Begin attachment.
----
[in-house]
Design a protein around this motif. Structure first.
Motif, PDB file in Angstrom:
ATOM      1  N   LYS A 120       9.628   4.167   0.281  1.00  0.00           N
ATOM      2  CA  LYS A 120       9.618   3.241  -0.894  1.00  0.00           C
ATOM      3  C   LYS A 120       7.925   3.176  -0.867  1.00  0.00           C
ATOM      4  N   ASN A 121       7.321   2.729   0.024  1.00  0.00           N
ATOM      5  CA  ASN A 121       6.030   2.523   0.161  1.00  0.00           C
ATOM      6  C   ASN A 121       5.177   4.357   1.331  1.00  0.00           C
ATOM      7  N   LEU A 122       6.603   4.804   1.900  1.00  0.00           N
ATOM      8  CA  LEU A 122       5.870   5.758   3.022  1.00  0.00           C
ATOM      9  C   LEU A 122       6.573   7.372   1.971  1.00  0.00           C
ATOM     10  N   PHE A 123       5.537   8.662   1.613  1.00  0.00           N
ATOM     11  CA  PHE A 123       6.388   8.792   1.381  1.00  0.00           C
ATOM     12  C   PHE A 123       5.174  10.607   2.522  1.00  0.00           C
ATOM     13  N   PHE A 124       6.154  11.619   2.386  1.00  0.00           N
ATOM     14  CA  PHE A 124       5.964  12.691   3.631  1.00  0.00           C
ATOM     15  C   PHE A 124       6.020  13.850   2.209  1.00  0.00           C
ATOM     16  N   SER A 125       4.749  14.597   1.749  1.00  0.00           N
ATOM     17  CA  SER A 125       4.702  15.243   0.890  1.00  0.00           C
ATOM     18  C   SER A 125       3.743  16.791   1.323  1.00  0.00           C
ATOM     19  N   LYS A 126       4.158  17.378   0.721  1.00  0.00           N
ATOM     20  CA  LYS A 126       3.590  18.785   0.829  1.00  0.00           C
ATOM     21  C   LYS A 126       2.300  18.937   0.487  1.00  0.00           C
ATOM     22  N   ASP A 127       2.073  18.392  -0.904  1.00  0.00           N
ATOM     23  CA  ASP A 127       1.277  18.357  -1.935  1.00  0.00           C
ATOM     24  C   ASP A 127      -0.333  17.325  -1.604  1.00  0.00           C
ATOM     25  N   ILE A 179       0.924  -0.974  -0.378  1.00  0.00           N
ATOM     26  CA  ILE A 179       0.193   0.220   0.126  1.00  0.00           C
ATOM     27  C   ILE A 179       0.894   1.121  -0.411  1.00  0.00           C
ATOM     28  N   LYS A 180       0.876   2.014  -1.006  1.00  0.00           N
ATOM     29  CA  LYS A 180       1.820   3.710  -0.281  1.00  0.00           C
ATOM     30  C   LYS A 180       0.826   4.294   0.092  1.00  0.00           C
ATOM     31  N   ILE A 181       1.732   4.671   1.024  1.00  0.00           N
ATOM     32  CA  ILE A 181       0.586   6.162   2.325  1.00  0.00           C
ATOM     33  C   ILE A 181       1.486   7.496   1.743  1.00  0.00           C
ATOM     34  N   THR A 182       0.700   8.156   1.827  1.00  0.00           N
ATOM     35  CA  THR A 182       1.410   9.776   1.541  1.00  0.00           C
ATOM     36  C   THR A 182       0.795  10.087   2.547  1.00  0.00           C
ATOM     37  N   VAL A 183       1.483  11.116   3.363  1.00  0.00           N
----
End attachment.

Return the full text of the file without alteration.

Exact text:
[in-house]
Design a protein around this motif. Structure first.
Motif, PDB file in Angstrom:
ATOM      1  N   LYS A 120       9.628   4.167   0.281  1.00  0.00           N
ATOM      2  CA  LYS A 120       9.618   3.241  -0.894  1.00  0.00           C
ATOM      3  C   LYS A 120       7.925   3.176  -0.867  1.00  0.00           C
ATOM      4  N   ASN A 121       7.321   2.729   0.024  1.00  0.00           N
ATOM      5  CA  ASN A 121       6.030   2.523   0.161  1.00  0.00           C
ATOM      6  C   ASN A 121       5.177   4.357   1.331  1.00  0.00           C
ATOM      7  N   LEU A 122       6.603   4.804   1.900  1.00  0.00           N
ATOM      8  CA  LEU A 122       5.870   5.758   3.022  1.00  0.00           C
ATOM      9  C   LEU A 122       6.573   7.372   1.971  1.00  0.00           C
ATOM     10  N   PHE A 123       5.537   8.662   1.613  1.00  0.00           N
ATOM     11  CA  PHE A 123       6.388   8.792   1.381  1.00  0.00           C
ATOM     12  C   PHE A 123       5.174  10.607   2.522  1.00  0.00           C
ATOM     13  N   PHE A 124       6.154  11.619   2.386  1.00  0.00           N
ATOM     14  CA  PHE A 124       5.964  12.691   3.631  1.00  0.00           C
ATOM     15  C   PHE A 124       6.020  13.850   2.209  1.00  0.00           C
ATOM     16  N   SER A 125       4.749  14.597   1.749  1.00  0.00           N
ATOM     17  CA  SER A 125       4.702  15.243   0.890  1.00  0.00           C
ATOM     18  C   SER A 125       3.743  16.791   1.323  1.00  0.00           C
ATOM     19  N   LYS A 126       4.158  17.378   0.721  1.00  0.00           N
ATOM     20  CA  LYS A 126       3.590  18.785   0.829  1.00  0.00           C
ATOM     21  C   LYS A 126       2.300  18.937   0.487  1.00  0.00           C
ATOM     22  N   ASP A 127       2.073  18.392  -0.904  1.00  0.00           N
ATOM     23  CA  ASP A 127       1.277  18.357  -1.935  1.00  0.00           C
ATOM     24  C   ASP A 127      -0.333  17.325  -1.604  1.00  0.00           C
ATOM     25  N   ILE A 179       0.924  -0.974  -0.378  1.00  0.00           N
ATOM     26  CA  ILE A 179       0.193   0.220   0.126  1.00  0.00           C
ATOM     27  C   ILE A 179       0.894   1.121  -0.411  1.00  0.00           C
ATOM     28  N   LYS A 180       0.876   2.014  -1.006  1.00  0.00           N
ATOM     29  CA  LYS A 180       1.820   3.710  -0.281  1.00  0.00           C
ATOM     30  C   LYS A 180       0.826   4.294   0.092  1.00  0.00           C
ATOM     31  N   ILE A 181       1.732   4.671   1.024  1.00  0.00           N
ATOM     32  CA  ILE A 181       0.586   6.162   2.325  1.00  0.00           C
ATOM     33  C   ILE A 181       1.486   7.496   1.743  1.00  0.00           C
ATOM     34  N   THR A 182       0.700   8.156   1.827  1.00  0.00           N
ATOM     35  CA  THR A 182       1.410   9.776   1.541  1.00  0.00           C
ATOM     36  C   THR A 182       0.795  10.087   2.547  1.00  0.00           C
ATOM     37  N   VAL A 183       1.483  11.116   3.363  1.00  0.00           N